Would yahoo go as far as censoring people for simply participating in this discussion? I don't know, but I wouldn't put it past them since they feel the need to shutup everyone that has a problem with their policies of restricting and or deleting people's work.

    8. Tramway_John 55 months ago | reply

      Hi, I'm an admin for a group called DISCUSSION: Politics and current affairs {Australia, the US, and, and we'd love to have this added to the group!

    9. SF Lіghts 55 months ago | reply

      It should be noted that Heather's Tweet (which Thomas shouldn't have even associated with Flickr in the first place, and shouldn't have been so self absorbed to be positive that it was about him) wasn't actually about him at all. It was about something else.

    10. BellaGaia 55 months ago | reply

      Thomas, if i didn't love you before, and i did,as an artist; I have a new found respect and admiration for you as a person. you can rock a phrase as well as a camera.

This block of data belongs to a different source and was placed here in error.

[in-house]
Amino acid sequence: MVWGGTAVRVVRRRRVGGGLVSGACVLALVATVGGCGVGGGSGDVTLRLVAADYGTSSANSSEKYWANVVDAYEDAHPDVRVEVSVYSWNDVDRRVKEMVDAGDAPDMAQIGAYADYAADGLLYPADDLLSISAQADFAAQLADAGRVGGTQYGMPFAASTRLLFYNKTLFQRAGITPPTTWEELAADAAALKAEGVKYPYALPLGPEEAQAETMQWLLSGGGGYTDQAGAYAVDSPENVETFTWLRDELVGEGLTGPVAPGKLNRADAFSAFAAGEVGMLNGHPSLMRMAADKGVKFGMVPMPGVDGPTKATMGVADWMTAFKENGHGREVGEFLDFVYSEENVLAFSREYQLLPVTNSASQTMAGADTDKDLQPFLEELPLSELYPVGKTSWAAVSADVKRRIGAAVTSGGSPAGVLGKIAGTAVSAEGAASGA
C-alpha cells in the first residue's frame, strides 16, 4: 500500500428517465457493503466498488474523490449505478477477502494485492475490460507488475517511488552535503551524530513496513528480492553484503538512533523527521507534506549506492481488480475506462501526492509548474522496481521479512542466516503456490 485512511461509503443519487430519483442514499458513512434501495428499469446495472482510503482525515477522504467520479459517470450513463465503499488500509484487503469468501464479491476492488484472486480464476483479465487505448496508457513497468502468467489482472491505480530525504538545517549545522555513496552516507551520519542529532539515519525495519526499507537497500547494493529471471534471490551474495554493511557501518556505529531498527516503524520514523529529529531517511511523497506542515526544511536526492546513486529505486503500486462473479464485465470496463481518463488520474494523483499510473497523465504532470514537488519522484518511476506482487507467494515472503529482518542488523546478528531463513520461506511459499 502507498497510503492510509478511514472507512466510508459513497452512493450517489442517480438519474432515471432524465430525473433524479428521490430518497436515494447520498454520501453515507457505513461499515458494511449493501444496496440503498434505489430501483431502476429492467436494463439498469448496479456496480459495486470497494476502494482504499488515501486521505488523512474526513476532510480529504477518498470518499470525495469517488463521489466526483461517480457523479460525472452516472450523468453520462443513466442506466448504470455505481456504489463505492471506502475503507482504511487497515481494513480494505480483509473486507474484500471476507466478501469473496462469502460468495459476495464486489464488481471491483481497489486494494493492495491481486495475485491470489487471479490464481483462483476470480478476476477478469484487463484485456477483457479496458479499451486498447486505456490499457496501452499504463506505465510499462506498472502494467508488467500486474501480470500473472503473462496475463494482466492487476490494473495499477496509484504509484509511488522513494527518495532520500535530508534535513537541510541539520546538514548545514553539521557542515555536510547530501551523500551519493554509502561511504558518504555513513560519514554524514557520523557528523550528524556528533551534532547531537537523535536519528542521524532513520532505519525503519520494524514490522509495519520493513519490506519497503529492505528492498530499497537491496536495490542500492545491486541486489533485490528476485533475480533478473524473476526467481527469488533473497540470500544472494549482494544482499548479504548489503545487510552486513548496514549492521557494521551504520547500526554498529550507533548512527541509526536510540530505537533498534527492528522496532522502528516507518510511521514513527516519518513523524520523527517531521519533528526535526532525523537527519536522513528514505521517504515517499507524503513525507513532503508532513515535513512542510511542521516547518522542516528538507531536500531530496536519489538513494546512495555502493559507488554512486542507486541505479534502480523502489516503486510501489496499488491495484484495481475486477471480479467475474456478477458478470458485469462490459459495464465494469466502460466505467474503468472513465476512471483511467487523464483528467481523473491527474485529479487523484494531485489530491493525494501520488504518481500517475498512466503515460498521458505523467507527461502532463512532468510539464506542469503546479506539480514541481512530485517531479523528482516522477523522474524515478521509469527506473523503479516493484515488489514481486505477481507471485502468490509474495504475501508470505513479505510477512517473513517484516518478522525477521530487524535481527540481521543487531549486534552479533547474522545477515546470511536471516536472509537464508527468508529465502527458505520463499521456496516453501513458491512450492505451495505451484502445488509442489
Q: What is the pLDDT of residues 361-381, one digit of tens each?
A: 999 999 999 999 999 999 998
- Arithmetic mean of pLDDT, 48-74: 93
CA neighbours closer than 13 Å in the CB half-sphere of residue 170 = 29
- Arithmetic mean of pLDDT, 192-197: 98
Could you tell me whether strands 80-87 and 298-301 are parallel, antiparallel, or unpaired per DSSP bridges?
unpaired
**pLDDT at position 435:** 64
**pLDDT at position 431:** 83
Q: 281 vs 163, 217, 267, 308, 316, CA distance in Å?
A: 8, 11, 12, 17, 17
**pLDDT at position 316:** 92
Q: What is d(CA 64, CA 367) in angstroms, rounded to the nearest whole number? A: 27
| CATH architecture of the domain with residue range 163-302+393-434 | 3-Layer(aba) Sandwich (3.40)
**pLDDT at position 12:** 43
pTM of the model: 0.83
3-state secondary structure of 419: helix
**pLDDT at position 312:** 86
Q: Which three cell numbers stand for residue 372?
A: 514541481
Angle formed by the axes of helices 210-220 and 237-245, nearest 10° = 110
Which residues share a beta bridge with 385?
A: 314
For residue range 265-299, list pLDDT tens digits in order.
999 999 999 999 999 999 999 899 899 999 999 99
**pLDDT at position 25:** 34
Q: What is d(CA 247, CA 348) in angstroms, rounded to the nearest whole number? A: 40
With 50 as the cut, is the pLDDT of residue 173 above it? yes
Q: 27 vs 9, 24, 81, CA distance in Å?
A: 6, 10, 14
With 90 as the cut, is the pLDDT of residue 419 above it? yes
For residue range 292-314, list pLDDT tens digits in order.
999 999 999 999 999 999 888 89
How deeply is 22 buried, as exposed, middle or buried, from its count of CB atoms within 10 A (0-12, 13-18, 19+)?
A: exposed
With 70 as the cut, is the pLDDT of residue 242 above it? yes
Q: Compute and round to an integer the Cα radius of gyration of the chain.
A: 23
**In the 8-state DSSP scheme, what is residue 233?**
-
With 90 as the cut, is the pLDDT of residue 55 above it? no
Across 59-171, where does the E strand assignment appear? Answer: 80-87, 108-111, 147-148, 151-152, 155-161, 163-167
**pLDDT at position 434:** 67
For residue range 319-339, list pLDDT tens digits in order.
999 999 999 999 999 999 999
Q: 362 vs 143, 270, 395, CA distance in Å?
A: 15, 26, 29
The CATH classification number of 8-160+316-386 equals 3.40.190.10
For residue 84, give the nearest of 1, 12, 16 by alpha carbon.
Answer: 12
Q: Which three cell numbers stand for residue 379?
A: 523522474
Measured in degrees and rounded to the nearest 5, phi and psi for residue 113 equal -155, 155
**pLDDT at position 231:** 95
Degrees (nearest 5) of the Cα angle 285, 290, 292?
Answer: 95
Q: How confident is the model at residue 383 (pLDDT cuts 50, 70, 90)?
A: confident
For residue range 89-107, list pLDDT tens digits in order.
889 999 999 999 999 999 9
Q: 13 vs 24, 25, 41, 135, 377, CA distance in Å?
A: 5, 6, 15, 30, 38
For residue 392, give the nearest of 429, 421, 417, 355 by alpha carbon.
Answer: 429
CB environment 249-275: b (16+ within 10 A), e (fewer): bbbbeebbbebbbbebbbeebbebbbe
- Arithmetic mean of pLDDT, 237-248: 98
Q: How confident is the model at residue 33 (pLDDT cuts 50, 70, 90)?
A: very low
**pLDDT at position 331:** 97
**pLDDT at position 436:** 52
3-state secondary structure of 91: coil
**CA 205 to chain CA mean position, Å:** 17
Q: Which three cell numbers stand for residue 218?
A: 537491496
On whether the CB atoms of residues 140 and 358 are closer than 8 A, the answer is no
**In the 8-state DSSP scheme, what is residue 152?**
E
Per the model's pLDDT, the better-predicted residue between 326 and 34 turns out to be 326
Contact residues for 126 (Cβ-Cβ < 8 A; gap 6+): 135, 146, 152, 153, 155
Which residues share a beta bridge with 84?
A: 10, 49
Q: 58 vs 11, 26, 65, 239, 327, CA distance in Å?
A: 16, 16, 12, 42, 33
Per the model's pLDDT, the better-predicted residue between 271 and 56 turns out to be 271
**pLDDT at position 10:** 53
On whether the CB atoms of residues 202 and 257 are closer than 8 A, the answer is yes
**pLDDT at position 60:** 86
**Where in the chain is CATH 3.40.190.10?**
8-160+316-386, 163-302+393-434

11. tomraven 55 months ago | reply

      Couldn't agree more! Yahoo Inc "We Hate Your Freedom" are destroying Flickr!!

    12. Neo Saguaro 55 months ago | reply

      I made tracks away from Flickr/Hoo some time ago.

      It is a damn shame to see what Flickr has de-evolved into.

    13. Eric Jorrin Media 54 months ago | reply

      Spot on TH - although a relative newbie to the Flickr community, I have had a Yahoo email account for nearly 20 years (Jeez- is it really that long) but their constant redesigns and increasingly pushing ads and their content in your face by trying to get you to sign up for this and that, while reducing intelligent and thought provoking content to the lowest common denominator kind mean that I will be leaving. Own website with pics, own email address, on own server. As you say - try and censor me and I will just walk around you.